Author: Forest Ray
Rapid and repeated imaging of blood flow through the eyes can inform physicians of a patient’s risk of sustaining eye damage and developing vision problems related to sickle cell disease (SCD), as well as of how effective a given therapy is, a recent study shows.
According to researchers, this could enable doctors to make earlier diagnoses, better monitor patients’ overall health, and determine which treatments work best for individual patients.
Findings were reported in the study, “Quantification of intermittent retinal capillary perfusion in sickle cell disease,” published in the journal Biomedical Optics Express.
Vaso-occlusive crises (VOCs), wherein misshapen red blood cells clump together, blocking small blood vessels and causing acute pain episodes, are the most common complication of SCD and a frequent cause for emergency department visits.
Being largely transparent, the eyes offer researchers an opportunity to non-invasively observe various features of the small blood vessels passing through them. Past studies have found correlations between diseases that affect the retina, called retinopathies, and other conditions such as diabetes, high blood pressure, and heart disease. The retina is a region at the back of the eye that converts light into electrical signals that are then sent to the brain, enabling one to see.
Scientists reasoned that a better understanding of sickle cell retinopathy could allow them to estimate patients’ VOC risk more accurately and to monitor treatment responses. Yet, current methods for assessing and measuring retinal blood vessel changes are of limited use.
Researchers at the New York Eye and Ear Infirmary of Mount Sinai recently showed that such dynamic measurements are possible through optical coherence tomography angiography (OCT-A). This advanced non-invasive imaging technology can be used to capture the motion of red blood cells passing through the retina.
“For the first time, we have shown that by doing rapid, repeated retinal imaging of sickle cell patients, you can see microscopic changes in blood vessels and blood flow,” Toco Chui, PhD, the study’s senior author, said in a press release.
“The more the blood flow fluctuates across images, the more at risk patients are for a permanent blockage, which severely damage their eyesight,” said Chui, who also is director of the Marrus Adaptive Optics Laboratory at the New York Eye and Ear Infirmary. “Using this approach, we can non-invasively monitor the retina over time and see how a patient is doing before or after initiation of therapy,” he said.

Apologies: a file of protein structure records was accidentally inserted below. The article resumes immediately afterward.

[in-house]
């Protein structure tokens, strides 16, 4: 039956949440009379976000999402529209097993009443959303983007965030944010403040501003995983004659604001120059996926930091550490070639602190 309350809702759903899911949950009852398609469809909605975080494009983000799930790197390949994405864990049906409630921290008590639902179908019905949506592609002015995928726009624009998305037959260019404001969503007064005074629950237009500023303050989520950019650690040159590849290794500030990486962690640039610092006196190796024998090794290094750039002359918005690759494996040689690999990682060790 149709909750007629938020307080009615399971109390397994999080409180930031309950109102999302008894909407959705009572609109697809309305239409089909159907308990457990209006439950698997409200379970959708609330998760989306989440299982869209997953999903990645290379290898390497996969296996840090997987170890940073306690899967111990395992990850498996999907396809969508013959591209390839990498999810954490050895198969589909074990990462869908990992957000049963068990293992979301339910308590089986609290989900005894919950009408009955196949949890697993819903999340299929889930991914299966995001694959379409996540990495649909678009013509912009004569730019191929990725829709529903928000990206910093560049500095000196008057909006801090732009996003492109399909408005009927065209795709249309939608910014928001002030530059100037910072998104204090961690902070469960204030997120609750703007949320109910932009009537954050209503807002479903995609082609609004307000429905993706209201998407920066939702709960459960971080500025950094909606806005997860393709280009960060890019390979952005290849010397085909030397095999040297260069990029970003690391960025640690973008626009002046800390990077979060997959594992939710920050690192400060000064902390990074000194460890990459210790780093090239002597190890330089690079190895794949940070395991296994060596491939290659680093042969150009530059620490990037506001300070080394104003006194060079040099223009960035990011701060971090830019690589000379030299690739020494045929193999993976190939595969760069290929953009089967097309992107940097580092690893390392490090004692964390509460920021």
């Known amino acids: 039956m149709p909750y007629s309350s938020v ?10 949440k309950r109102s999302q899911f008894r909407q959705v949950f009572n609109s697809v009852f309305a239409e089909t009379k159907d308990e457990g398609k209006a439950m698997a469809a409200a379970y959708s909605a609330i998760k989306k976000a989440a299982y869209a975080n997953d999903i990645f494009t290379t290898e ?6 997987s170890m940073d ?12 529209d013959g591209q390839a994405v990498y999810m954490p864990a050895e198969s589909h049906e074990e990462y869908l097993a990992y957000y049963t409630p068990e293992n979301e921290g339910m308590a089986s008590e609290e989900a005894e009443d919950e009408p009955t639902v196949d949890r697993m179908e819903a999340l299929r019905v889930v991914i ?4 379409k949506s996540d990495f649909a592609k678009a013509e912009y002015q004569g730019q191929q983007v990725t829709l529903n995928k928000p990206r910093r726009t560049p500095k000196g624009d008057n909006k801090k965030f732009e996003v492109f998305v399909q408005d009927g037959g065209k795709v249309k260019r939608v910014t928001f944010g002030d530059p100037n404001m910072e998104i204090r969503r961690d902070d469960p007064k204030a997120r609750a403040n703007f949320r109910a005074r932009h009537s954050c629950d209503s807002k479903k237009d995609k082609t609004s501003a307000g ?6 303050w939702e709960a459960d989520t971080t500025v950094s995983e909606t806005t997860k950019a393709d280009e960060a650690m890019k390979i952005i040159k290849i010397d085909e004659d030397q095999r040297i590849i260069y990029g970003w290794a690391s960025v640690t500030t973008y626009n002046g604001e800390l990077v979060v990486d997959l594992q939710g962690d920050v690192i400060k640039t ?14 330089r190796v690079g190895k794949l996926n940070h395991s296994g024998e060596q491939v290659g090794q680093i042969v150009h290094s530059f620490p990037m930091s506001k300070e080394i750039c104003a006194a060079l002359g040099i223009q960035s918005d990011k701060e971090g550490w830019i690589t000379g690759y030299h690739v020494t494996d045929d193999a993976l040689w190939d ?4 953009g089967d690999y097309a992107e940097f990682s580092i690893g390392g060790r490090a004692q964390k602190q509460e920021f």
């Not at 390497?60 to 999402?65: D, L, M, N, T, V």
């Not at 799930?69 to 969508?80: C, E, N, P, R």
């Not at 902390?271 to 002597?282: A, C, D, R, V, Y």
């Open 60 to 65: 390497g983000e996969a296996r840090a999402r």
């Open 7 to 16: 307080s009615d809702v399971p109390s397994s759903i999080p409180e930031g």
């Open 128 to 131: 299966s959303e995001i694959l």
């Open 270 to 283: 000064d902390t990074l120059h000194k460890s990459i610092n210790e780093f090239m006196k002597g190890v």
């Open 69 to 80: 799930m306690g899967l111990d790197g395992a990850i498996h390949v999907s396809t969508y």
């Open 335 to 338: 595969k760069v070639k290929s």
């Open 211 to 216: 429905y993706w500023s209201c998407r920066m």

Chui and his team tested this technique in 13 SCD patients and 14 individuals who did not have SCD or retinopathy and served as controls. Participants with SCD had varying levels of disease severity and were receiving different therapies. Four were taking hydroxyurea and one had received gene therapy.
Investigators imaged all participants’ retinas 10 times in a row over 10 minutes, repeating this procedure an hour later.
Blood vessels of individuals with SCD intermittently opened and closed — “flickered” — significantly more than those of control subjects, which remained open for longer periods of time. The intermittent closing of vessels prevents blood from flowing freely through them, which then can raise the risk of permanent blood vessel closure and blindness.
Blood vessels also flickered more often in untreated SCD patients than in those who were receiving treatment. Moreover, investigators observed that flickering decreased over the course of hydroxyurea treatment, suggesting that OCT-A can be used to track treatment effectiveness.
Researchers commented that this technique should be tested further in larger patient populations and with more SCD therapies, and that retinal blood vessel perfusion (blood flow) should be compared to other standard lab tests.
“Our work can be a game-changer for sickle cell patients, especially for those who have no symptoms of retinopathy,” said Richard Rosen, MD, one of the study’s co-authors. “It can lead to earlier diagnosis of retinal issues and prevention of irreversible blindness. Without this technology, it’s impossible to judge their eye condition until patients report vision loss, when it’s too late.”